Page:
It’s not hard to be kind and generous to those whom we see deserving of our compassionate acts – taking a meal to a new mother or someone who’s ill, providing financial assistance to a family who is struggling out of no fault of their own, or offering periodic childcare for our close friends. But how much harder is it to have compassionate responses to people during their worst moments? Perhaps it’s someone with an illness or disease brought on by poor lifestyle choices, the disadvantaged family that chooses to have more children, or the child who burns her hand after you told her not to touch the stove. For some reason, we sometimes feel that a person does not deserve our help or empathy because their suffering comes from their mistakes or poor choices.
Elder Jeffrey R. Holland, quoting King Benjamin from the Book of Mormon, exclaims the same thing: “Are we not all beggars?” He continues by saying, “Perhaps some have created their own difficulties, but don’t the rest of us do exactly the same thing...Don’t we all cry out for help and hope and answers to prayers? Don’t we all beg for forgiveness for mistakes we have made and troubles we have caused? Don’t we all implore that grace will compensate for our weaknesses, that mercy will triumph over justice at least in our case? Little wonder that King Benjamin says we obtain a remission of our sins by pleading to God, who compassionately responds, but we retain a remission of our sins by compassionately responding to the poor who plead to us.”
Christ was the ultimate teacher of compassion and charity. He lived his life to teach us a higher law and a higher way to be. Responding with compassion is what Christ did and is the way that brings growth and progression to us. Three personal experiences have proved to me that responding with compassion after Christ’s pattern is the way to heal hearts and help people want to be better.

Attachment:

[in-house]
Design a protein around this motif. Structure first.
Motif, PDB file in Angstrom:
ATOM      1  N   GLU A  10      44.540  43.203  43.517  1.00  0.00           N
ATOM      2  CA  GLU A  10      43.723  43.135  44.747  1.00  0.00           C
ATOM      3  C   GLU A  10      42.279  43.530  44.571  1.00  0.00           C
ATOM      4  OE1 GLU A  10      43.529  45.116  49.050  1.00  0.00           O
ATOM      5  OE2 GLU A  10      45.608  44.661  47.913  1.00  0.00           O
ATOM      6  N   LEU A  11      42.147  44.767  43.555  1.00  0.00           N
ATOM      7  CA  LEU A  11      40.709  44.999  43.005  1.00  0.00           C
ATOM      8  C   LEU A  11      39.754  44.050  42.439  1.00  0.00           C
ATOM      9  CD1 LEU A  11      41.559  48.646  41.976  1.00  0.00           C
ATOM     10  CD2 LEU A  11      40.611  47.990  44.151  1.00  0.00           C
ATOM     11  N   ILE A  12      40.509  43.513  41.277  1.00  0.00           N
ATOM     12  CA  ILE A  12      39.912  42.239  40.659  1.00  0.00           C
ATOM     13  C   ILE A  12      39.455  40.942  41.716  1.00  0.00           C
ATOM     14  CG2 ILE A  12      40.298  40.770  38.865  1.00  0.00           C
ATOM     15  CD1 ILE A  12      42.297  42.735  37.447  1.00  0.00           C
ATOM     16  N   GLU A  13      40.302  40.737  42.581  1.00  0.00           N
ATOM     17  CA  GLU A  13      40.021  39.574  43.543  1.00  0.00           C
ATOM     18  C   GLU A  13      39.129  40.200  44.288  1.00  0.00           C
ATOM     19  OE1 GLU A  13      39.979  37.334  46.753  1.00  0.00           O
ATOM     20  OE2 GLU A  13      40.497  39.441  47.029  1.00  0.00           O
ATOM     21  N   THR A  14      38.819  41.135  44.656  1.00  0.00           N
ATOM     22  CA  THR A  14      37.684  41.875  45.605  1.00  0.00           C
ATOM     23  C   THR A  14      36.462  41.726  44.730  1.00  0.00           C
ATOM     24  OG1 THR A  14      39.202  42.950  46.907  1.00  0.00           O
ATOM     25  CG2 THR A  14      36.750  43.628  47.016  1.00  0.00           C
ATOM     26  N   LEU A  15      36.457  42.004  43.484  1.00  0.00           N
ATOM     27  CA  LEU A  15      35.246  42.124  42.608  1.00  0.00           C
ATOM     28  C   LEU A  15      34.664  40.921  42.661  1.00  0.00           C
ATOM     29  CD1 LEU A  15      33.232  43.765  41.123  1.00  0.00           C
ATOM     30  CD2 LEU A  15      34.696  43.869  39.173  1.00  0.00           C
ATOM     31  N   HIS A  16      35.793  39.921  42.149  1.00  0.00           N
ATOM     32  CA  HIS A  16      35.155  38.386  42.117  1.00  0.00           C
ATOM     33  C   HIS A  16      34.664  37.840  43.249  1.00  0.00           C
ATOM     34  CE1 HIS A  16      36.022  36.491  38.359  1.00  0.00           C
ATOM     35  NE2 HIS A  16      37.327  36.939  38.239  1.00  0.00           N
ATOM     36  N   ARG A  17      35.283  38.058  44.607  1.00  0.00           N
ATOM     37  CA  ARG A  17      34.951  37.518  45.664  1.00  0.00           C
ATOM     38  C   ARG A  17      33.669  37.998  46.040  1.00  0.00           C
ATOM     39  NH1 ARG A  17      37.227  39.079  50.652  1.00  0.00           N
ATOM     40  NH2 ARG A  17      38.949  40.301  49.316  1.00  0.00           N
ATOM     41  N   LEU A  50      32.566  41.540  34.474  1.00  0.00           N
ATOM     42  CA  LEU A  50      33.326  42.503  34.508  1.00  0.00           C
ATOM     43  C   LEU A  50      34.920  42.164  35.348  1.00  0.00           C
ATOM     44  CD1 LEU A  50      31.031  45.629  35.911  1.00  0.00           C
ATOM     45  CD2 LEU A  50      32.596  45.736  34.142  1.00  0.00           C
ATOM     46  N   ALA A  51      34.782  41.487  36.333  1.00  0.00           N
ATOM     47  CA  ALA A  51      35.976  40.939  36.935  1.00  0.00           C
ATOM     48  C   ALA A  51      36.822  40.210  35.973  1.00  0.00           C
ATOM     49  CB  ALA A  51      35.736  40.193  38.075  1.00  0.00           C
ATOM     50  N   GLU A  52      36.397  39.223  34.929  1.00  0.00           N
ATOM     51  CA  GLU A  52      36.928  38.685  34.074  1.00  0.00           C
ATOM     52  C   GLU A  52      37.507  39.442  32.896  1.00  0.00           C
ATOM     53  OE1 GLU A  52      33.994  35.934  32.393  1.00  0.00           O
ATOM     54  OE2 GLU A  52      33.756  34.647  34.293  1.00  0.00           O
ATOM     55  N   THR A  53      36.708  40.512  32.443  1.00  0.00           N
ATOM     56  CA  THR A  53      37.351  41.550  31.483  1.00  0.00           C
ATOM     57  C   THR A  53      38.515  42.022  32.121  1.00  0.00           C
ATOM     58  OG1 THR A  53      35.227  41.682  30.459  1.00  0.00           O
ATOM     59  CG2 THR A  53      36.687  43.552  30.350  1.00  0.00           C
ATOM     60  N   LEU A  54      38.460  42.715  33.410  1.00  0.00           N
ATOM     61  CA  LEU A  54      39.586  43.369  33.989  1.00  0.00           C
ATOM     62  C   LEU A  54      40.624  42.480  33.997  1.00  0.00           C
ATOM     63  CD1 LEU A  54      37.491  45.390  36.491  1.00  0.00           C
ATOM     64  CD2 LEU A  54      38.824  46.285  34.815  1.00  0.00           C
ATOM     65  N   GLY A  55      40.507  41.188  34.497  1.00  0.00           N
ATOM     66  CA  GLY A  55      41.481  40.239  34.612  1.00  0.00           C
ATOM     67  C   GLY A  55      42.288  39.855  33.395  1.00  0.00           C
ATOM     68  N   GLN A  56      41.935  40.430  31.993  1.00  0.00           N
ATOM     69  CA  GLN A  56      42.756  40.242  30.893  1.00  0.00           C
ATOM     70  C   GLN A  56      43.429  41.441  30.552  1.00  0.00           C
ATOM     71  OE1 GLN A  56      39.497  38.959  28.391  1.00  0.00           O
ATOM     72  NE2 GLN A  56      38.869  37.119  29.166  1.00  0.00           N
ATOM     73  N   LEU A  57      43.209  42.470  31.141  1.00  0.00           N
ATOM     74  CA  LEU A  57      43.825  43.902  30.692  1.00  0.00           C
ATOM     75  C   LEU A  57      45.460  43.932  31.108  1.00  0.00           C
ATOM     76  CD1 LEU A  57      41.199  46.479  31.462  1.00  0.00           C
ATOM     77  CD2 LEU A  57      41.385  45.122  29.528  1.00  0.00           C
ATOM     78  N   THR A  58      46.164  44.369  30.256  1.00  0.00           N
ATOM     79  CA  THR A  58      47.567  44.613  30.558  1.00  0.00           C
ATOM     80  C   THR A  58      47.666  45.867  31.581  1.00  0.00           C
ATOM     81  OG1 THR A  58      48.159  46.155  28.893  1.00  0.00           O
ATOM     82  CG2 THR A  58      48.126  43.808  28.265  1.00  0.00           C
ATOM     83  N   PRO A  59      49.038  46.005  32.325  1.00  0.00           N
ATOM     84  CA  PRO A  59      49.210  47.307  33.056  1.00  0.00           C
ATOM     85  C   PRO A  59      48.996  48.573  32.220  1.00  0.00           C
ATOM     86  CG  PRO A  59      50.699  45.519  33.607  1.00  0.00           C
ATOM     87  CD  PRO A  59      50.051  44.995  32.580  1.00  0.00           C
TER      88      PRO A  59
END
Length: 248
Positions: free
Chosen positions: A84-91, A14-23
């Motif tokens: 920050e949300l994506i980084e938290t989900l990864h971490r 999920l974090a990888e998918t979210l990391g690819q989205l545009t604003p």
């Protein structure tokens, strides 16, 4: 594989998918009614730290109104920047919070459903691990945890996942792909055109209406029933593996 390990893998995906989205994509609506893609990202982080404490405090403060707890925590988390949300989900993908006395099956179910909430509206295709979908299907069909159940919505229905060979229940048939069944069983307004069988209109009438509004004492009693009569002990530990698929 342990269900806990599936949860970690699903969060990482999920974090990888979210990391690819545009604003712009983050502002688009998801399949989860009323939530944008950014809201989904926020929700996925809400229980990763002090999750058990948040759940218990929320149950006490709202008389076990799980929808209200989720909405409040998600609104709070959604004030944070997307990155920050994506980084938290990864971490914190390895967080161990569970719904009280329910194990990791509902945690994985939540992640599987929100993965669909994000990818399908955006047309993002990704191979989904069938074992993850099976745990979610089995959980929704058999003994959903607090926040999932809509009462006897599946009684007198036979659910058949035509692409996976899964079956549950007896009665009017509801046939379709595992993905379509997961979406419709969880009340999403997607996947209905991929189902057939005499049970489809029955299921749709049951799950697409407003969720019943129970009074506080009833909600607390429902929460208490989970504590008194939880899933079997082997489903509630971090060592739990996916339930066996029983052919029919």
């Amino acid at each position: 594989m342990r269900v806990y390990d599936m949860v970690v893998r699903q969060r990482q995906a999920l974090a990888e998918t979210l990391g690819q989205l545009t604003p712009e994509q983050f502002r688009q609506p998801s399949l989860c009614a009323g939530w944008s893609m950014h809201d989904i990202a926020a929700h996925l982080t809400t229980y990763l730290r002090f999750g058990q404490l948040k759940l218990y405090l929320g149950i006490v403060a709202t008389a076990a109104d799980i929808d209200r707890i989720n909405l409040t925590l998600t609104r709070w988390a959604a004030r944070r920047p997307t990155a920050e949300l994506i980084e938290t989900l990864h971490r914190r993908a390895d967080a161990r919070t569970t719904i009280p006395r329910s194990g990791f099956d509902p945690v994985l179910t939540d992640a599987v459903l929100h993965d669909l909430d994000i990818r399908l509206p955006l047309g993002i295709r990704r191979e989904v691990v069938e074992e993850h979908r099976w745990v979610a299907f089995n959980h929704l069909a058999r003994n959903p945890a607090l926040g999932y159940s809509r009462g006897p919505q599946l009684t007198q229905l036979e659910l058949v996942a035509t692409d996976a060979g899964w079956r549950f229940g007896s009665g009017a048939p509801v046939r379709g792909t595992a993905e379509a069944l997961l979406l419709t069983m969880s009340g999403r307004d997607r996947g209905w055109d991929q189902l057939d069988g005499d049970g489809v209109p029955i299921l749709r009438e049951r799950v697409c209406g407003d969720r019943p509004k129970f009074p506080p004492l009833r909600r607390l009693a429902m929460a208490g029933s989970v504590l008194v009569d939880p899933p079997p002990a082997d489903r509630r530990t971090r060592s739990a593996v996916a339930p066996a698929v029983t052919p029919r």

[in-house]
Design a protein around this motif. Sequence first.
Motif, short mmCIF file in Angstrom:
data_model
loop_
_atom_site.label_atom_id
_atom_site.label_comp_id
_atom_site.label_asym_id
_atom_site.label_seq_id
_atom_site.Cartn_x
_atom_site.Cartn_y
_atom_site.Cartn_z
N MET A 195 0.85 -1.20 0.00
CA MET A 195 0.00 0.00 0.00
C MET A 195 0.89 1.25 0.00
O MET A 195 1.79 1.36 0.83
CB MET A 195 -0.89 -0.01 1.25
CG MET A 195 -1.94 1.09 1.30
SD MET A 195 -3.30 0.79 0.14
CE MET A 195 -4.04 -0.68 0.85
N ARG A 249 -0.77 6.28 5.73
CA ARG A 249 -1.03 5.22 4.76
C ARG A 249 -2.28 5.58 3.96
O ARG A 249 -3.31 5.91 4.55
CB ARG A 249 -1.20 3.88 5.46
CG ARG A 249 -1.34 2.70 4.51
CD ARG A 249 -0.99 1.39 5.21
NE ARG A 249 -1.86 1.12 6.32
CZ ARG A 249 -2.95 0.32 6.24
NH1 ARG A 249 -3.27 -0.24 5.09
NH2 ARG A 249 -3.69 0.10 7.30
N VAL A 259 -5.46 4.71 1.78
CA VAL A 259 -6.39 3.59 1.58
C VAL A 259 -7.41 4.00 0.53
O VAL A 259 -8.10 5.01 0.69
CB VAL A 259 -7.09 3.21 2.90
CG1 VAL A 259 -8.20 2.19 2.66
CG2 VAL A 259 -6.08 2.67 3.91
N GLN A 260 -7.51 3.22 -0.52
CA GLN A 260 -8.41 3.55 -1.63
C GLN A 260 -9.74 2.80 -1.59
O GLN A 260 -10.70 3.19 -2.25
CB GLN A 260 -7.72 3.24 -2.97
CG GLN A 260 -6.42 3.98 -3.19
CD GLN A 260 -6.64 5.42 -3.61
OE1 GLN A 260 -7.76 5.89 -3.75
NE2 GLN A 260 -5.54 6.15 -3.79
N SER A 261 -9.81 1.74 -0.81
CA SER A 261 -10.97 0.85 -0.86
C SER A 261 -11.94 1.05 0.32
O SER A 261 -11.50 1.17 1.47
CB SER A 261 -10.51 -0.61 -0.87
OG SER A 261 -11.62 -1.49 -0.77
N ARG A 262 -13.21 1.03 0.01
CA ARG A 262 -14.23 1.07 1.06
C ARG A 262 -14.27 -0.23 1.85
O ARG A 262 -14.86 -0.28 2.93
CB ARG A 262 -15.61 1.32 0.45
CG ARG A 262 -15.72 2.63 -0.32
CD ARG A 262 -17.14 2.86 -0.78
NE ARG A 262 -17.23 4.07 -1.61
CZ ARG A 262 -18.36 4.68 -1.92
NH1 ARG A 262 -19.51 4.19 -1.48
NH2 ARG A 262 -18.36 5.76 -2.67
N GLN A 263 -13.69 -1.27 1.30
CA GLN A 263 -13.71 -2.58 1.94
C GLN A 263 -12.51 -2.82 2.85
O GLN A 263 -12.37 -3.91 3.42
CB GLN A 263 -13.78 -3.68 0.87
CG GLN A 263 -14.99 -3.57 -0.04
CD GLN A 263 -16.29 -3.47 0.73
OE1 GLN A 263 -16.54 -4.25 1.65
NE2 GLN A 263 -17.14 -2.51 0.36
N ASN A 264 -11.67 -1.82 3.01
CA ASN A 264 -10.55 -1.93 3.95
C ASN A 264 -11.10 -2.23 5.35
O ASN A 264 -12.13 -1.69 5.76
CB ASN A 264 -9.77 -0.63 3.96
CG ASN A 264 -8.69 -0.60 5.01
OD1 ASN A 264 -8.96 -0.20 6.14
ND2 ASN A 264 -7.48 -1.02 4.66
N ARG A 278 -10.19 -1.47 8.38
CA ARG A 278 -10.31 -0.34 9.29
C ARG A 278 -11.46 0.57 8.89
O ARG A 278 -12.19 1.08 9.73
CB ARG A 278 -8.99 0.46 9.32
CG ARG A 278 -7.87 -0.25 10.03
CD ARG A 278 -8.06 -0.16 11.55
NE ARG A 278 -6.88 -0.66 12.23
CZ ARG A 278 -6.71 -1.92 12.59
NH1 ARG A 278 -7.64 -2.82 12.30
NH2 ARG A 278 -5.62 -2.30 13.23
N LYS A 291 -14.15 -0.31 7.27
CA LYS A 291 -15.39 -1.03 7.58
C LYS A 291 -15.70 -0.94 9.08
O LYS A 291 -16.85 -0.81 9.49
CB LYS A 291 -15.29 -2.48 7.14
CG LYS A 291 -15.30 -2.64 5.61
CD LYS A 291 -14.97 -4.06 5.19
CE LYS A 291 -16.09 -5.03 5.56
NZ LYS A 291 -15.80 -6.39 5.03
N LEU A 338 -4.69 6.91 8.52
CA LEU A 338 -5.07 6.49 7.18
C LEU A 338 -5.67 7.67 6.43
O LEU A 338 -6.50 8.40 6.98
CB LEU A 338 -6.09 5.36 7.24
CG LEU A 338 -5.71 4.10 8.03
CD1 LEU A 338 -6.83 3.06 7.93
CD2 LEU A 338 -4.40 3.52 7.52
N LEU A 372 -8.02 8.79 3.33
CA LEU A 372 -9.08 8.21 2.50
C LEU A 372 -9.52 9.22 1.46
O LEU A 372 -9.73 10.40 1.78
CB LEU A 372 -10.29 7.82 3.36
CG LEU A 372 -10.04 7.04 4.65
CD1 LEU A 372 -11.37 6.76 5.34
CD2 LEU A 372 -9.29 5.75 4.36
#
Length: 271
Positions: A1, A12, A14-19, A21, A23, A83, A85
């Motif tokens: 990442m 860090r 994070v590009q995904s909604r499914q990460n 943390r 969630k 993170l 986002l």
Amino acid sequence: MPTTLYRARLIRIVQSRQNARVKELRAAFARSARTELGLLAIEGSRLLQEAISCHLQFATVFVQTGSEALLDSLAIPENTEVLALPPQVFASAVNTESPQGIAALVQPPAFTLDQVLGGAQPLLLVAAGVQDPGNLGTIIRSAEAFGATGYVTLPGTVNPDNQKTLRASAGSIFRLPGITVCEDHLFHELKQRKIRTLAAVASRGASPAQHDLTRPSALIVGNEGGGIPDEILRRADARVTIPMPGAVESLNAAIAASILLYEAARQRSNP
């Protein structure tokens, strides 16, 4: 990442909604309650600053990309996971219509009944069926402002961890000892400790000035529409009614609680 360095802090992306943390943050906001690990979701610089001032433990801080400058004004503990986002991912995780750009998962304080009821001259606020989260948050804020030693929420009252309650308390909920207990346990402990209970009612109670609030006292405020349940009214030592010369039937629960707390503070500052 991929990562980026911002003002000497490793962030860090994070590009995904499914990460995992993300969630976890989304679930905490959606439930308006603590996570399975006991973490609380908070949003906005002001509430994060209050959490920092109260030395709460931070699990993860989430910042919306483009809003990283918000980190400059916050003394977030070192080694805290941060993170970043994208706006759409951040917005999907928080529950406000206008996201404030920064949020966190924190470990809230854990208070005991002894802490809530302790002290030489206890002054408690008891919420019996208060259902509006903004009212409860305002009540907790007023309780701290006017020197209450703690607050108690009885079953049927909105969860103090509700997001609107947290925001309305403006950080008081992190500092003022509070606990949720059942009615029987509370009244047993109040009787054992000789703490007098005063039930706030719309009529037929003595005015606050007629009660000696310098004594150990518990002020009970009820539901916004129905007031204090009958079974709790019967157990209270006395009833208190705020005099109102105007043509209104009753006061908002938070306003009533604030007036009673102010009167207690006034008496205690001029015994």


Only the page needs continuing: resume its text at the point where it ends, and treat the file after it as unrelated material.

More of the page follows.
1. Living in the city, we often take the subway or bus to get where we need to go. One day my son and I were on a bus when we noticed a mother and her toddler daughter. The toddler had a lot of playfulness in her, and I could tell that her mother’s patience was quickly fading. To get her to comply, the mother began to repeatedly hit her child and threatened more if she didn’t stop crying. This was the first time my son had seen a parent hit their child and we both sat there shocked. It was very disturbing to watch, but then I noticed a woman scoot in a little closer to this family. She started with a smile and some small talk, perhaps as a distraction to the mother, but then she began to empathize with her and relate that it’s hard to be a young mother. The mother softened and confessed what troubles they were having that day and in their life. Then I noticed how the mother grew gentler with her daughter and began to smile. It was awful to witness a child being hurt, but I left with hope that maybe the next time this mother will be able to respond to her child with compassion because someone else had shown compassion to her. In my mind, I compare our experience with a different way the scenario could have played out: in this case, a bystander (probably angry and saddened) gets upset with the mother for hitting her child. The mother then becomes even more hostile and nothing gets resolved. The outcome is undeniably different when someone reaches out with charity in their heart. I’ve found that people who hurt others are people who are hurting inside themselves, and the best way to help them heal is by the touch of the Master’s hand.